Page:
-Why’d he worry?

-Well…If we leave the single market, won’t the ensuing export duties make the cars uncompetitive on the continental marketplace?

-Your typical frenchman ain’t going to let a couple of thousand Euro come between him and his Vectra.

-And those punitive duties on imported components are really going to hit their profit margin. 


-So that’s going to have a knock on effect on terms and conditions.
-How come?

-Well, the cost of manufacturing’ll go up and their profits’ll go down.

-But…we’re taking back control. Like that Priti Patel said.

-Yeah, till they lay off the workforce and shift the whole shebang to Cologne.

-Still…An extra £350 million a week for the NHS.

-If you believe that, you’ll probably believe the Antara’s a class-leading mid-size SUV.

-Now you’re just being a naysayer.

-What. Like a horse?

-Nah. A naysayer. Like that Michael Gove was on about. You’ll be banging on about global warming next.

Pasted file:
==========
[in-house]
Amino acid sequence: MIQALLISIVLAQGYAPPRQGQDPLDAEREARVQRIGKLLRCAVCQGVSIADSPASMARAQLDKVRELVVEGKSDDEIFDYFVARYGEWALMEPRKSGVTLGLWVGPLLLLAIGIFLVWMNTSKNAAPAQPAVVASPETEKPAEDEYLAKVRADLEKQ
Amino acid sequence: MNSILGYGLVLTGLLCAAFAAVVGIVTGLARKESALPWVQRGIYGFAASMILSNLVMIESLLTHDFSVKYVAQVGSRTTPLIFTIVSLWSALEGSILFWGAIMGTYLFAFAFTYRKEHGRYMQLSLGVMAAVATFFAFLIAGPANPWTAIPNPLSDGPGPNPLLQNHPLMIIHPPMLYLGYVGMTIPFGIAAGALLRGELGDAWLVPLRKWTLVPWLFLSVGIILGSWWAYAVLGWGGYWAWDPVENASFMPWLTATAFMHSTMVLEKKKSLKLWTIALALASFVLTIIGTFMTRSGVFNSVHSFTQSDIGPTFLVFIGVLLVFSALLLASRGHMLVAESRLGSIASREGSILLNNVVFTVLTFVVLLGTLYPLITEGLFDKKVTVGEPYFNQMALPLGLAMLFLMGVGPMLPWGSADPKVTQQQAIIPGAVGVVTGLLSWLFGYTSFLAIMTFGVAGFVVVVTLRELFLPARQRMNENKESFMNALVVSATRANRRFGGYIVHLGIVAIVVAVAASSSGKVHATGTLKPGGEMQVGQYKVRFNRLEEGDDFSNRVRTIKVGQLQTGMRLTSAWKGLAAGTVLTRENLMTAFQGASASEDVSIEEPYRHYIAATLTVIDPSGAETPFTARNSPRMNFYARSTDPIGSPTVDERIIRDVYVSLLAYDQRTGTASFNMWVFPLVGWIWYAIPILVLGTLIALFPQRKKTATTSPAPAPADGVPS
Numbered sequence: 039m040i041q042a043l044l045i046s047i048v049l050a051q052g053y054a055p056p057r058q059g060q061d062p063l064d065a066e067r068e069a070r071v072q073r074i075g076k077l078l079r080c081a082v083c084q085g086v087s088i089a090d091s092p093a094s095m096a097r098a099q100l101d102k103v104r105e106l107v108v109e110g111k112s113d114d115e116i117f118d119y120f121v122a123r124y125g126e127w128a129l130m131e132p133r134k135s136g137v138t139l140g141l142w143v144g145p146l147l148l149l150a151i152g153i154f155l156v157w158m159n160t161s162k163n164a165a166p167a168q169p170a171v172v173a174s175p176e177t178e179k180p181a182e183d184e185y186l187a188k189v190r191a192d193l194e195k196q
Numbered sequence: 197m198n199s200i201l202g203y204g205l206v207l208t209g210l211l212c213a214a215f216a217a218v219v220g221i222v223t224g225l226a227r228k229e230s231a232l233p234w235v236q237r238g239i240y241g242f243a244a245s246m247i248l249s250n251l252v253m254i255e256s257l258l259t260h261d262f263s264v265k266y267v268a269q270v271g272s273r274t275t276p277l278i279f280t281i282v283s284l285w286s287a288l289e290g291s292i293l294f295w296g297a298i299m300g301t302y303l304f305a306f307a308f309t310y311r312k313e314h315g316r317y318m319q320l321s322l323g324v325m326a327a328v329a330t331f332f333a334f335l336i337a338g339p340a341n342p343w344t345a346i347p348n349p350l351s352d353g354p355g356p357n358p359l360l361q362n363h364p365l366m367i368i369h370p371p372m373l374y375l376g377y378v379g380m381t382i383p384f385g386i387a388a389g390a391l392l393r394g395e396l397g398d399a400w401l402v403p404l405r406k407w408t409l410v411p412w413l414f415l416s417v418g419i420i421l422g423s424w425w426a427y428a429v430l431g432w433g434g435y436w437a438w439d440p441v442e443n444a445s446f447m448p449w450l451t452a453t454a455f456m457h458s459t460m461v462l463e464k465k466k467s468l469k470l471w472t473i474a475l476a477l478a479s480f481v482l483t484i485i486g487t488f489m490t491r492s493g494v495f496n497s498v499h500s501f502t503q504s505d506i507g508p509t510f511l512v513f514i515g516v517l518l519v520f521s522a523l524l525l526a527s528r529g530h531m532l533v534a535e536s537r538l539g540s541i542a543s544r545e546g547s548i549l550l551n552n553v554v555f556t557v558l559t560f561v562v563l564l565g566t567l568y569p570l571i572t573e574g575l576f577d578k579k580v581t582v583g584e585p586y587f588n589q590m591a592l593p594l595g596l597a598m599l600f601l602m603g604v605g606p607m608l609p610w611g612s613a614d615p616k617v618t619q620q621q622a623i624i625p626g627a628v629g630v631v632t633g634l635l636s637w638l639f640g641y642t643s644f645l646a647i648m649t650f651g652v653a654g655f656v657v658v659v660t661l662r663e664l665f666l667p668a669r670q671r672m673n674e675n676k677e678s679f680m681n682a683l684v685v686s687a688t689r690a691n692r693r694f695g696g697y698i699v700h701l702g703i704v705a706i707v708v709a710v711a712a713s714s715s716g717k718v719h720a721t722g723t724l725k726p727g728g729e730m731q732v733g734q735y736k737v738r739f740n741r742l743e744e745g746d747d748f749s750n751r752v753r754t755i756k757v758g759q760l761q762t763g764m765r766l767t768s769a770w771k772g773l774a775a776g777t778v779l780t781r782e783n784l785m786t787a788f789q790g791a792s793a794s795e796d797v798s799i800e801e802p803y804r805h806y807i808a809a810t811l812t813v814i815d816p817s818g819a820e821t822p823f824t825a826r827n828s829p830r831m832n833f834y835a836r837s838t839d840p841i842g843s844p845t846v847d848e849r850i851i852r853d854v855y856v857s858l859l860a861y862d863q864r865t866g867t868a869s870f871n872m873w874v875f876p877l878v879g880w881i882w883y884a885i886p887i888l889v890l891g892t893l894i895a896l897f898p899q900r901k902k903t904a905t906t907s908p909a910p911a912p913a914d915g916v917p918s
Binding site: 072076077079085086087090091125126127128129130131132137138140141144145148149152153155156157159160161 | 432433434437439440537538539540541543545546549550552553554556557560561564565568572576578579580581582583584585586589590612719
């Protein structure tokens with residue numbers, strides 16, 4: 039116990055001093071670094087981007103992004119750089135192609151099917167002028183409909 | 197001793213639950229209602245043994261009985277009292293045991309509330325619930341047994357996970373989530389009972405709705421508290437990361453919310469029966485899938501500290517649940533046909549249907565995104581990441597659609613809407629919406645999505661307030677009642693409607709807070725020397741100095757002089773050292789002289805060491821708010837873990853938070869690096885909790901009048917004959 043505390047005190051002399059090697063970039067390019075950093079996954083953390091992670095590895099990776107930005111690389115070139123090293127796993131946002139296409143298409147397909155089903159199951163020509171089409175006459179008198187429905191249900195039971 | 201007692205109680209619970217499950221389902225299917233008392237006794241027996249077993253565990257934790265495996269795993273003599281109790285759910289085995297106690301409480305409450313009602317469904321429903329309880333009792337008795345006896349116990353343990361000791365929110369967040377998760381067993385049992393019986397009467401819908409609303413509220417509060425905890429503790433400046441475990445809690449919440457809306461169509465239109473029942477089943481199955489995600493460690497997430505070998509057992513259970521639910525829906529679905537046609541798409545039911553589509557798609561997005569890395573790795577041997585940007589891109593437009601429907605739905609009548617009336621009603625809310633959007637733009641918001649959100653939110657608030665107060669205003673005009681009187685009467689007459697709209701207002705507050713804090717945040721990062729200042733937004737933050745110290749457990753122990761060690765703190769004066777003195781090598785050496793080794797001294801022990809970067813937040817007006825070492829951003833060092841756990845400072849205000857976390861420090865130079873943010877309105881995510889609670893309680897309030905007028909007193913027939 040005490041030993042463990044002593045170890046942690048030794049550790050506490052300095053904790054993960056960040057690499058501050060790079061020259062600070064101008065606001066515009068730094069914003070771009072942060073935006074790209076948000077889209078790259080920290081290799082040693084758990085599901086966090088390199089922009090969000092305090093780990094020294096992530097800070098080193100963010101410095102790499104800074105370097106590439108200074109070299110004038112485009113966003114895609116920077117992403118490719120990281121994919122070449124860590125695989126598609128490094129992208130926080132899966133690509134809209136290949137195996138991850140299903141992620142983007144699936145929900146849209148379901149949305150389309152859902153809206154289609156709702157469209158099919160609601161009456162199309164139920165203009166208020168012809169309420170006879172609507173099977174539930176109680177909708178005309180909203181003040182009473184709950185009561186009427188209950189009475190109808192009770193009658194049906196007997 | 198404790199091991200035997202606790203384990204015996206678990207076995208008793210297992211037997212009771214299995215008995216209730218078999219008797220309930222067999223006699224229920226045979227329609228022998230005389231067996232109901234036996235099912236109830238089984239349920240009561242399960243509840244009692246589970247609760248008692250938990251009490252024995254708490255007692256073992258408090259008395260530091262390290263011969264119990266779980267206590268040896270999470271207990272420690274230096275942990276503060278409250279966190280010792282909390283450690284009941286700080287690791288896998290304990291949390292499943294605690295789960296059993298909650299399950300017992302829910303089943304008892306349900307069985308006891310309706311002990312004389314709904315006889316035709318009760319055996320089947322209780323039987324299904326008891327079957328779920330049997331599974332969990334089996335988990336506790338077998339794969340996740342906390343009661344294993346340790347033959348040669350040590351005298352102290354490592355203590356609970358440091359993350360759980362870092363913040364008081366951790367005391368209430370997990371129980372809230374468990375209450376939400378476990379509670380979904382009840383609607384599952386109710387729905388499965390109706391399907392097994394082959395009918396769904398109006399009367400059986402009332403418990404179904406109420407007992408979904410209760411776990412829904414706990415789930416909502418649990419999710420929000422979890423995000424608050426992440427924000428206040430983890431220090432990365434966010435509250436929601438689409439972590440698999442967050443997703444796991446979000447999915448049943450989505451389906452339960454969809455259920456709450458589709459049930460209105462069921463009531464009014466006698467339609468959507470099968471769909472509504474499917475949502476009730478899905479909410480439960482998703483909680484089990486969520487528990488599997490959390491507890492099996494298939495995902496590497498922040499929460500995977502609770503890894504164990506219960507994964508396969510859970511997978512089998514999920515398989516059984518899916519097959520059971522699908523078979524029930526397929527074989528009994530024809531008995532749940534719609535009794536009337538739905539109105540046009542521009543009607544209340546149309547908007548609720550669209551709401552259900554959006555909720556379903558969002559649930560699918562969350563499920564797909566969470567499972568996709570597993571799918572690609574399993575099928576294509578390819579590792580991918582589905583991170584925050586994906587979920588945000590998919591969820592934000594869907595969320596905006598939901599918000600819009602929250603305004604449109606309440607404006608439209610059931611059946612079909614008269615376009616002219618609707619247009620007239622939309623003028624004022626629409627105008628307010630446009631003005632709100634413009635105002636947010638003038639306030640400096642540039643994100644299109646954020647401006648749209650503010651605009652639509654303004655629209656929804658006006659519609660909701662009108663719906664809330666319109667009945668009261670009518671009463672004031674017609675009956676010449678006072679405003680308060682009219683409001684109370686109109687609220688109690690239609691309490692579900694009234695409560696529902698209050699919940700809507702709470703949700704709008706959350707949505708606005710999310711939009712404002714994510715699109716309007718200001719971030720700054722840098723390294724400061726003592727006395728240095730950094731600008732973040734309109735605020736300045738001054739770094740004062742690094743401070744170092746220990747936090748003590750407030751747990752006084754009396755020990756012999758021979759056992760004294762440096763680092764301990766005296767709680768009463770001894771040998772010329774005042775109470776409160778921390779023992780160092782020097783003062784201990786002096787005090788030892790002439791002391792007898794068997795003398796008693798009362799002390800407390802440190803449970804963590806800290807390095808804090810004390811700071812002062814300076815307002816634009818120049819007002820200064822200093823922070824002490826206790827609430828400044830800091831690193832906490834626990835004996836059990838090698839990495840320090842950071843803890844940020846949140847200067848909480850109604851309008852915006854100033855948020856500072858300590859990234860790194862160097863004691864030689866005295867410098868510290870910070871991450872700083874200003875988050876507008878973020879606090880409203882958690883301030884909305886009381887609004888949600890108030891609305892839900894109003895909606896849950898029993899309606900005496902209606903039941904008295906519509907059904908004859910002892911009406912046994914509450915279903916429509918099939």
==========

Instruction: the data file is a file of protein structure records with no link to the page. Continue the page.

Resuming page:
-You not worried about that, then?

-Would I have bought myself 50 patio heaters if I was?


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Up The Junction

This is a Friday Fictioneers submission. Thanks to C.E.Ayr for the photographic prompt and to Messrs Difford and Tilbrook for the title. 


There’s not so many of them these days, the trainspotters. It’s the internet, I suppose, sparing them from the weather and the derision of commuters. A few remain, usually male, making video recordings on their phones these days, instead of jotting numbers in their notebooks. They rarely notice me watching them; they never did.